Hedge fund activists are becoming more involved in the life of companies where they own a stake. When the company is a closed-end fund, some go as far as recommending changes in the investment strategy. The latest example is David Nierenberg, who runs Nierenberg Investment Management and who owns 7.8% of the Korea Equity Fund ( KEF). In a recent 13D filing with the Securities and Exchange Commission, Nierenberg urged Korea Equity to focus on micro- and small-cap growth companies in Korea or merge with the Korea Fund ( KF). In a letter to William Barker, the lead director, Nierenberg says he wants those changes to take place before a shareholder meeting in the spring. Nierenberg earlier this year opposed another activist, Harvard University, in its fight to push fund manager Nomura ( NMR) to liquidate the fund. Nierenberg's position prevailed, and the fund continued to trade. But in his letter, Nierenberg complains about the Korea Equity's return to double-digit discounts from net asset value and offers drastic measures to improve the fund's valuation. "If this $70 million fund wants to stay in business, it needs to pick a differential strategy," Nierenberg said. Small stocks in Korea offer an attractive opportunity, he notes, as the country is the "most wired nation in the world." Currently, KEF is more focused on large-cap stocks. If Nierenberg doesn't get his way, he will contact the 10 largest shareholders to take "the appropriate course of action," he told TheStreet.com. Nierenberg says that in this scenario, he hopes to win the backing of City of London Asset Management, the largest shareholder, which has about 25% of the shares.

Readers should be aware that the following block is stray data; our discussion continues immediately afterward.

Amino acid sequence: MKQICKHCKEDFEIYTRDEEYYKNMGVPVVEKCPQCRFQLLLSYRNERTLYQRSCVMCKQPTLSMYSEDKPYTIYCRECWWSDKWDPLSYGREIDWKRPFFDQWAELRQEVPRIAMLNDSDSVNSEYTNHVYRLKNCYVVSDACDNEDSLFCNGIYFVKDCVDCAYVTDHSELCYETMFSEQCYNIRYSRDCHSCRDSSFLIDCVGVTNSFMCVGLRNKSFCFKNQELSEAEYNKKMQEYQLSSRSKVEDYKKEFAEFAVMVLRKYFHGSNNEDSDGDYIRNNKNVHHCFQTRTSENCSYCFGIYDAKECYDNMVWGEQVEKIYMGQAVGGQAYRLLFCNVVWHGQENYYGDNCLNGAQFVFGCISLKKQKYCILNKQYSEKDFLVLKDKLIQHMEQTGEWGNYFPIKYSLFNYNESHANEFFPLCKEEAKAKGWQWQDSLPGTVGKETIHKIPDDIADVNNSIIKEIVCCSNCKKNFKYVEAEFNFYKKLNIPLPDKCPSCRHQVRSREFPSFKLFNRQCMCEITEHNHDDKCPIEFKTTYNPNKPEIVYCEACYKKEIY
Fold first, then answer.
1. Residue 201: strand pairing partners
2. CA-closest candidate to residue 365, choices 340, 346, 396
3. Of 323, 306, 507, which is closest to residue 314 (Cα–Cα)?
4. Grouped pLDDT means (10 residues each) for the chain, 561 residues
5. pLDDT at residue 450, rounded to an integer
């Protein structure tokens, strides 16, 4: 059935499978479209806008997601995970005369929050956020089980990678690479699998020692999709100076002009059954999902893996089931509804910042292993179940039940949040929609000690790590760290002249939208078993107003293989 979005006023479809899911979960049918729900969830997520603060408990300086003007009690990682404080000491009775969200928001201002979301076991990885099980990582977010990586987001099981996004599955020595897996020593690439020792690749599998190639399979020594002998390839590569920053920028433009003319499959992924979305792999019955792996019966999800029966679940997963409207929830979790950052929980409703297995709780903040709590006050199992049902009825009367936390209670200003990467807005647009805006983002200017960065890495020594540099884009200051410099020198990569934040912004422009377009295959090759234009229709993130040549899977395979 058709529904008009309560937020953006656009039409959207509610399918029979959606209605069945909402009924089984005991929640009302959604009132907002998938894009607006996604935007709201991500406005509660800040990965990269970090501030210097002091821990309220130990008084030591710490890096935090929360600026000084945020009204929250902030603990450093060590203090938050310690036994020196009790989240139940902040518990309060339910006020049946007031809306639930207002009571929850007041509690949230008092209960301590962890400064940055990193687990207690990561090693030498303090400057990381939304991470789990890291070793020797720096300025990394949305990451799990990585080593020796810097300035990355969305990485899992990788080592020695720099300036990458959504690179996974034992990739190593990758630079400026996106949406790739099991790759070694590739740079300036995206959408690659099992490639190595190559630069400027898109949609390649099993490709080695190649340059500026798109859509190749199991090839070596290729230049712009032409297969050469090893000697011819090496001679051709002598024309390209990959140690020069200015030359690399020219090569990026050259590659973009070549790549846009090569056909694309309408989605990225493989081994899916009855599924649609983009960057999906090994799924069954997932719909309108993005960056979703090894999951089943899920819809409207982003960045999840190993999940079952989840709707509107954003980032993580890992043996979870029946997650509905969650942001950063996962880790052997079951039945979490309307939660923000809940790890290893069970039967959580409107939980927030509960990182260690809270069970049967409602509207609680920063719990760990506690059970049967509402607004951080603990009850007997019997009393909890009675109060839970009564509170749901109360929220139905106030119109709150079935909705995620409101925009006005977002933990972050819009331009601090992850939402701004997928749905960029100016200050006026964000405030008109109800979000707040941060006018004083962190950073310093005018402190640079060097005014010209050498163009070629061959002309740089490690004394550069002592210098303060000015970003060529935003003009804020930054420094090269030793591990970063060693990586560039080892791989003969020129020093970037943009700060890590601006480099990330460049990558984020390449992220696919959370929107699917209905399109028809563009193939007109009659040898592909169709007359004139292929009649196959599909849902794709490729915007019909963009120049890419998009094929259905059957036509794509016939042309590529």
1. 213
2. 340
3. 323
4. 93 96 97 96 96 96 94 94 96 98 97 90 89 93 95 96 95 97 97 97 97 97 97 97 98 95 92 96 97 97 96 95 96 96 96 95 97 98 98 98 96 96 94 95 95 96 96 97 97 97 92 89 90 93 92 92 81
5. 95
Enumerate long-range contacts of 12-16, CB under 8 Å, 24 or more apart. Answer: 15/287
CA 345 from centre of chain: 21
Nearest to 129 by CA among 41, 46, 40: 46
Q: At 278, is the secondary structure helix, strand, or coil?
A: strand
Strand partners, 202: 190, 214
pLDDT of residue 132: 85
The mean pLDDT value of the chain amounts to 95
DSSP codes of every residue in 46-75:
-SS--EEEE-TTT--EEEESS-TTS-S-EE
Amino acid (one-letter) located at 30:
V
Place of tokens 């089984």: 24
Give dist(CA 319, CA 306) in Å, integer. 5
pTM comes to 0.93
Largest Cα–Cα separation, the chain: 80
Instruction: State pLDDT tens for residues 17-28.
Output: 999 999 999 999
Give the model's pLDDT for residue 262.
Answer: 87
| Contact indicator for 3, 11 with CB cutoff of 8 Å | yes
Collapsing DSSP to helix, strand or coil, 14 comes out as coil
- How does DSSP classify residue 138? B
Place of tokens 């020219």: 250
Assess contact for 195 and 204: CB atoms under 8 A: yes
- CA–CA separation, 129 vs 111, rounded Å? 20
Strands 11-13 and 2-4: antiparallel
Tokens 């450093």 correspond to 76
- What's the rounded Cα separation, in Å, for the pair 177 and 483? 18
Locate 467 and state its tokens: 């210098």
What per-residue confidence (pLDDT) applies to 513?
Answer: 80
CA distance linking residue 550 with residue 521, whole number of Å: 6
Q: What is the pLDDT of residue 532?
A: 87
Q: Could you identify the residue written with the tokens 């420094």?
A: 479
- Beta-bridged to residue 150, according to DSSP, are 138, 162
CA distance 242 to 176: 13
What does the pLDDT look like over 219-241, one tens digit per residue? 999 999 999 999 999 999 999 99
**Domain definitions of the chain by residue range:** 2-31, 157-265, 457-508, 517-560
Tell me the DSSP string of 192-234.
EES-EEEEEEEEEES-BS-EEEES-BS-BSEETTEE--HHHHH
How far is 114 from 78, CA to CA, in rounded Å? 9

Seat at the Table
Activist hedge fund Appaloosa Management, which owns 9.3% of Delphi's ( DPHIQ) stock, is not happy about shareholder representation in the aftermath of the auto-part maker's bankruptcy. David Tepper, the fund's manager, said he has petitioned the bankruptcy court for the establishment of an equity committee. That won't change the fact that bondholders have priority on claims and assets over shareholders, but to Tepper, the fight is worth it because it is a matter of fairness. " Kmart, Mirant, Adelphia and Texaco, all those bankruptcies had equity committees," he argues.